The countries compared to the U.S. in the House Ways and Means Committee report are:
- United Kingdom
- Canada (Ontario)
- The Netherlands
Prescription drug prices are expected to continue climbing. That’s not good news for patients who are already paying more—sometimes substantially more—for drugs than their counterparts in other parts of the world.
U.S. drug prices are about four times higher than the combined average prices in 11 similar countries, according to a report from the House Ways and Means Committee. The report,A Painful Pill to Swallow: U.S. vs. International Prescription Drug Prices is based on 2018 pricing for 79 drugs sold in the U.S. and 11 other countries.
“This report reveals just how unfairly high prescription drug prices are in the United States compared to prices in other, similar nations,” said Ways and Means Committee Chairman Richard E. Neal in a press release.
With one exception, individual drug prices in the U.S. ranged from 70% higher, for Lantus Solostar, a type of insulin, to 4,833% higher, for Dulera, an asthma medication, than the combined mean price in the other 11 countries. Provista expects drug prices to increase even more. While the legislature works to find a solution to escalating costs, Provista offers immediate relief through its private label drug program Novaplus®.
The U.S. spent $457 billion in 2016 on combined retail (pharmacy) and non-retail (dispensed in physician offices) drugs, according to the report. Medicare accounted for $130 billion of that spending, which breaks down to $99.5 billion for Part D pharmacy drugs and $29.1 billion for Part B physician-administered drugs. The rise in spending for specialty drugs has driven the increase in spending for Medicare Part D and Medicaid.
Total Medicaid spending grew 2.9% to $581.9 billion in 2017. The report goes on to say that between 2011 and 2016, drug spending nationwide grew 27%, which means drug prices increased more than 2.5 times the rate of inflation.
Between 2011 and 2016, drug spending nationwide grew 27%. That means drug prices increased more than 2.5 times the rate of inflation.
A 2018 Kaiser Family Foundation poll found that 79% of Americans believe the cost of drugs is unreasonable, and 26% worry they can’t afford the drugs they need. And there’s more bad news. The Drug Price Forecast from Vizient®, Provista’s contracting partner, predicts a 4.57% increase in the average price next year for the drugs used by its membership.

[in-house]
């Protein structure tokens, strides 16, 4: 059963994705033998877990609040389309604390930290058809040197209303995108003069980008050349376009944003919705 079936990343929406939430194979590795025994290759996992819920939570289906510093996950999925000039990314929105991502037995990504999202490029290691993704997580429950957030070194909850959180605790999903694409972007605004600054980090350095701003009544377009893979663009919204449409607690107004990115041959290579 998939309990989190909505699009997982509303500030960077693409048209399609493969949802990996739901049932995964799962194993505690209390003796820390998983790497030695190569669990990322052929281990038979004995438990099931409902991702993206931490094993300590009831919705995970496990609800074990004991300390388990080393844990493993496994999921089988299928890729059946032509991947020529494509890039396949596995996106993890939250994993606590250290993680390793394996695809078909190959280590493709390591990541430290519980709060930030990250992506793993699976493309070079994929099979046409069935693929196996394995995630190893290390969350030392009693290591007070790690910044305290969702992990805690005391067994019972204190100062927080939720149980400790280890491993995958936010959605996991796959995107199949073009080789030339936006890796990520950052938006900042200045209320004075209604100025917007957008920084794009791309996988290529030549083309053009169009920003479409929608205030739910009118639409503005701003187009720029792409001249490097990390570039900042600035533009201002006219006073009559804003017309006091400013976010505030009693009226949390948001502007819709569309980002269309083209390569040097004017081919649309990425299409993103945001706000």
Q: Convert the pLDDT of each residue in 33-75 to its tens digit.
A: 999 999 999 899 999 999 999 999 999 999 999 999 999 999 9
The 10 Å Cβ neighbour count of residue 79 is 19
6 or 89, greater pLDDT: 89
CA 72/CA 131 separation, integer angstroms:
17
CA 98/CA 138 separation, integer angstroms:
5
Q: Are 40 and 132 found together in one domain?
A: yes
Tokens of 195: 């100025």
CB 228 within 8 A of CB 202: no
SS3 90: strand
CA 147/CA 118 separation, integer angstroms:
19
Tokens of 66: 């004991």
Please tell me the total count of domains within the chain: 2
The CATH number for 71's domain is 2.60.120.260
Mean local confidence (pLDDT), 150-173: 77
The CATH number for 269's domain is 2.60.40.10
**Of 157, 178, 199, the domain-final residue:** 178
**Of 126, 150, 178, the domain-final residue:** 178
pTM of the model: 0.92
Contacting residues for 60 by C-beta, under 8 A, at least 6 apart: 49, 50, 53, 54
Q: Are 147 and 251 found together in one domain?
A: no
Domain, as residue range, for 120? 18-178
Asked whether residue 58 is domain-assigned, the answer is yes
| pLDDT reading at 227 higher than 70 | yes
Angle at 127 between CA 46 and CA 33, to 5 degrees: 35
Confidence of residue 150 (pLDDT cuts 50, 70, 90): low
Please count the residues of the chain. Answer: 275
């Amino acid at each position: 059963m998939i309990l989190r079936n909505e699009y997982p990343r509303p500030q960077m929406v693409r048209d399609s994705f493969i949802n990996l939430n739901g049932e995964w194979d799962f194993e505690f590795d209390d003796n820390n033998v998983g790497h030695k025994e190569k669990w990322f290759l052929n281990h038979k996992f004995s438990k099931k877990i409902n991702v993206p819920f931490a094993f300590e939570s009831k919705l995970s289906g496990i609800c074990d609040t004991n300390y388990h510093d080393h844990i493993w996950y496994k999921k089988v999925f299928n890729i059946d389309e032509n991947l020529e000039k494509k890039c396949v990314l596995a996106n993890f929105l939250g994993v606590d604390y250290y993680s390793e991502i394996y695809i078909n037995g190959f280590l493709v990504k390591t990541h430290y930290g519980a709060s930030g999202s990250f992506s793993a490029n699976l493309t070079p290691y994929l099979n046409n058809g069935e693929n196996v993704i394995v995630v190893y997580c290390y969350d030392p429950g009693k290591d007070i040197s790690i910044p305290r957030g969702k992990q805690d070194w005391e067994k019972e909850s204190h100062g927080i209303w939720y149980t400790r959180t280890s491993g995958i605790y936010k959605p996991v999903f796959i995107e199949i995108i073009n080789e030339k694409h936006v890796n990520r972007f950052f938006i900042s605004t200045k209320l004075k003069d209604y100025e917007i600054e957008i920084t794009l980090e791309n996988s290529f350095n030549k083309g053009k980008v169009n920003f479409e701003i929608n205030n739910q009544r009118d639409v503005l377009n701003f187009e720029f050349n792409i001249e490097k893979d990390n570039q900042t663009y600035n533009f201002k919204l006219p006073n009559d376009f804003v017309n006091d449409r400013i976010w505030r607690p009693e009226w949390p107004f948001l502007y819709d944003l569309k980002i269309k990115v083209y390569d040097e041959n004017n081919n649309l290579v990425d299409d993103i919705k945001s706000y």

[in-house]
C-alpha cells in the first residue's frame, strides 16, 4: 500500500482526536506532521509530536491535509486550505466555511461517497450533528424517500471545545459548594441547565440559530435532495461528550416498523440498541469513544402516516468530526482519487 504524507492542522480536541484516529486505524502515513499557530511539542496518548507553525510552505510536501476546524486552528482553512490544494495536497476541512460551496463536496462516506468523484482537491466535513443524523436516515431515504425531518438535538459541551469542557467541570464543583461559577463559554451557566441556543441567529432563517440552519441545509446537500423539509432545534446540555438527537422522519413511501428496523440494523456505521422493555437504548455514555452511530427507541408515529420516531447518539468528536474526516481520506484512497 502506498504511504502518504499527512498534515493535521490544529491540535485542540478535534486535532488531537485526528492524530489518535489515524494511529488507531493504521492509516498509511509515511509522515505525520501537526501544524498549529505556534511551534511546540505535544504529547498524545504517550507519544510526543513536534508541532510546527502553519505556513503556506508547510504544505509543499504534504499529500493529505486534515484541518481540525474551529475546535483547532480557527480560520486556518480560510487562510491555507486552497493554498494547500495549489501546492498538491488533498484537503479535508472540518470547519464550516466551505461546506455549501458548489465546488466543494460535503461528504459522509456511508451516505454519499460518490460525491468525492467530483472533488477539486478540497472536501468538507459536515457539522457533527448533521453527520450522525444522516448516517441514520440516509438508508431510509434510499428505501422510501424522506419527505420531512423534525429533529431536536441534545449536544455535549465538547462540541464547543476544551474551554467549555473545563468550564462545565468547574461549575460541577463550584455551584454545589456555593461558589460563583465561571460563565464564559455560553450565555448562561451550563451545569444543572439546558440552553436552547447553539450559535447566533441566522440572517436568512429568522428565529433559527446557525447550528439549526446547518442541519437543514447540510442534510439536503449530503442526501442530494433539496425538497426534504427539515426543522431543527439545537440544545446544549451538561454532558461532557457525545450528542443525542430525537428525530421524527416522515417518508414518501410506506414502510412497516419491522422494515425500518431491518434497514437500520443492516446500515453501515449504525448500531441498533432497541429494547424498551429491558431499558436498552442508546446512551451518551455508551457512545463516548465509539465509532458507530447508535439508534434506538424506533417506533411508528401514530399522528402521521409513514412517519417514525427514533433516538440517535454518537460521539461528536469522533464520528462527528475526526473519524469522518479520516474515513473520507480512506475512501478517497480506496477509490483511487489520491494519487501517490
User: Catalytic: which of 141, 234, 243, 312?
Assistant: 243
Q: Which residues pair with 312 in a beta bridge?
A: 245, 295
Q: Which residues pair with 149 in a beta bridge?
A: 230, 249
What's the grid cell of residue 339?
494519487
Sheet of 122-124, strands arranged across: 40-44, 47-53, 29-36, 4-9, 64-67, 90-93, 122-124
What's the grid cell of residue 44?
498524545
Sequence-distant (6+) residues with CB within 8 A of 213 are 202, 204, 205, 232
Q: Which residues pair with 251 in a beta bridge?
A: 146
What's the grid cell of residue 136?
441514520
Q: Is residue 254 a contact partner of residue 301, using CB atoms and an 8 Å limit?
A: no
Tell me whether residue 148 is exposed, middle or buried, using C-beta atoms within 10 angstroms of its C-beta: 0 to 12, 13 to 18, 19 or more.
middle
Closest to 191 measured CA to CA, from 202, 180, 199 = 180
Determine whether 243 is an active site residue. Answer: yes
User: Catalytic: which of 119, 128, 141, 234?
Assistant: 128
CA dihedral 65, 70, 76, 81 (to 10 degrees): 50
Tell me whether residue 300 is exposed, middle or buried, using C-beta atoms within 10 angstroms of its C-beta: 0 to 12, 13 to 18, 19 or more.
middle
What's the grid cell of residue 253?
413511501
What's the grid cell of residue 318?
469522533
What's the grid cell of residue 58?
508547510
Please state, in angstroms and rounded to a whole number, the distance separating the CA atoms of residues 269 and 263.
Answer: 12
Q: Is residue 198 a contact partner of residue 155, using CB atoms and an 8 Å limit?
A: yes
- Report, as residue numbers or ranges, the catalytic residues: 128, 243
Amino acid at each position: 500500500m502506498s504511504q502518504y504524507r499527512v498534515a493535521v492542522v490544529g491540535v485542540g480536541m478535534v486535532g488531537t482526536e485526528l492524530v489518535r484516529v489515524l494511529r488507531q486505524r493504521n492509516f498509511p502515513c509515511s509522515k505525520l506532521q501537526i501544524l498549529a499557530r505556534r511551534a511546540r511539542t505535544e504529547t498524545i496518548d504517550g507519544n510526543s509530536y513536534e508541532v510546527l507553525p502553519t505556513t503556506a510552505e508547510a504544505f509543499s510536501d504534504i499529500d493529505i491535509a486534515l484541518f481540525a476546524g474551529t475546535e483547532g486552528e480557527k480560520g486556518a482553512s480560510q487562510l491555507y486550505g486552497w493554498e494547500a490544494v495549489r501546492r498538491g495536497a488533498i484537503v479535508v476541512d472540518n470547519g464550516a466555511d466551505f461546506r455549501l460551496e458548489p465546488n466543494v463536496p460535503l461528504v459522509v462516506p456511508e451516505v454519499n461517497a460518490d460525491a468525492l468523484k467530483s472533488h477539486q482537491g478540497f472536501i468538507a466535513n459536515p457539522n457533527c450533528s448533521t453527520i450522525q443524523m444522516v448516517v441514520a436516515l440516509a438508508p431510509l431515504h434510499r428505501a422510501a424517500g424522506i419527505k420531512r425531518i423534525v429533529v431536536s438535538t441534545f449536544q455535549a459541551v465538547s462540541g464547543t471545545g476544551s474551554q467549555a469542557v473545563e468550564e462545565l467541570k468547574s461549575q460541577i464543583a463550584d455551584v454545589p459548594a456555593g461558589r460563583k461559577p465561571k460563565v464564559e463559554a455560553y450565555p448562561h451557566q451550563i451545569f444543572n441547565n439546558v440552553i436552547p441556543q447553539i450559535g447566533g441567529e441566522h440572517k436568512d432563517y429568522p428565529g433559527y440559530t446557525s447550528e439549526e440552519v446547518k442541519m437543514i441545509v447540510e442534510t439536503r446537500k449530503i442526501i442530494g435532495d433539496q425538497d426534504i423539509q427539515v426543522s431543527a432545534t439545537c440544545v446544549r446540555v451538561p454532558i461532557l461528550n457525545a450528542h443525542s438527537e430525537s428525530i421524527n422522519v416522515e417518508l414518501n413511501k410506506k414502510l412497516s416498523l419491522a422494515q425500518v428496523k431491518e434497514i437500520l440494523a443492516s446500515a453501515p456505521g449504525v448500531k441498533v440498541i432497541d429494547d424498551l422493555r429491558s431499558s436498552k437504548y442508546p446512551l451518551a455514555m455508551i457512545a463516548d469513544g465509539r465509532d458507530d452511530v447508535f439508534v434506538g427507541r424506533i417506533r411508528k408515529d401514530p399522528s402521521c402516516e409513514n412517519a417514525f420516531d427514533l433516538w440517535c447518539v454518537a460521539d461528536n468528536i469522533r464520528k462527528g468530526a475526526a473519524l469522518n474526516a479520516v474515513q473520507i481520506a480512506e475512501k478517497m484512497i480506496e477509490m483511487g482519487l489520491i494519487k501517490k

This increase translates to more than $3 billion in additional spend by its members. The good news? Proposed legislation looks to tackle the problem, and Provista offers cost savings and other pharmaceutical benefits to members.
The most relevant patents protecting Rituxan® (rituximab), Avastin® (bevacizumab) and Herceptin® (trastuzumab), all cancer-fighting medications, could expire in 2019. This change could be substantial because these biologics account for more than $10 billion in spend across the U.S. healthcare system. Provista has assembled a biosimilars task force to create clinical, analytical and educational resources to help members evaluate biosimilars for formulary inclusion as soon as they enter the market.
In the meantime, skyrocketing drug prices coupled with an aging population in need of prescription drugs have increased the urgency among lawmakers to develop policies to rein in costs. Legislators and healthcare experts are looking for ways to contain costs and the associated out-of-pocket expenses.
One piece of proposed legislation is H.R. 3, known as “the Lower Drug Costs Now Act.” H.R. 3 would allow the U.S. government to negotiate lower drug prices for consumers based on international pricing. If passed, it could potentially save $49 billion annually on Medicare Part D alone, according to the House Ways and Means Committee.
“Americans shouldn’t be paying substantially more than patients in other countries for the medicines they need to survive,” Neal says in the committee’s press release.
The House Ways and Means Committee says that Americans pay significantly more than patients in 11 similar countries for the same prescription drugs—sometimes as much as 67 times more, even when accounting for rebates.
Provista recognizes the challenges posed by high drug prices, price spikes due to unstable market demands and the inability of providers to access certain drugs due to shortages. The group purchasing organization (GPO) has taken steps to address these issues. It offers:
“Drug shortages continue to make the task of patient care more complex, and the increasing cost of specialty drugs will keep pharmaceutical expenditures trending higher,” according to the Drug Price Forecast.
Provista can help members save on drug purchases. The GPO has more than $67 billion in member spend with more than $1.6 billion in savings since 2016. Regardless of whether legislation is passed to lower drug costs, Provista’s private label program will offer significant savings, mitigate shortages and provide resources to help members be more successful with their drug program.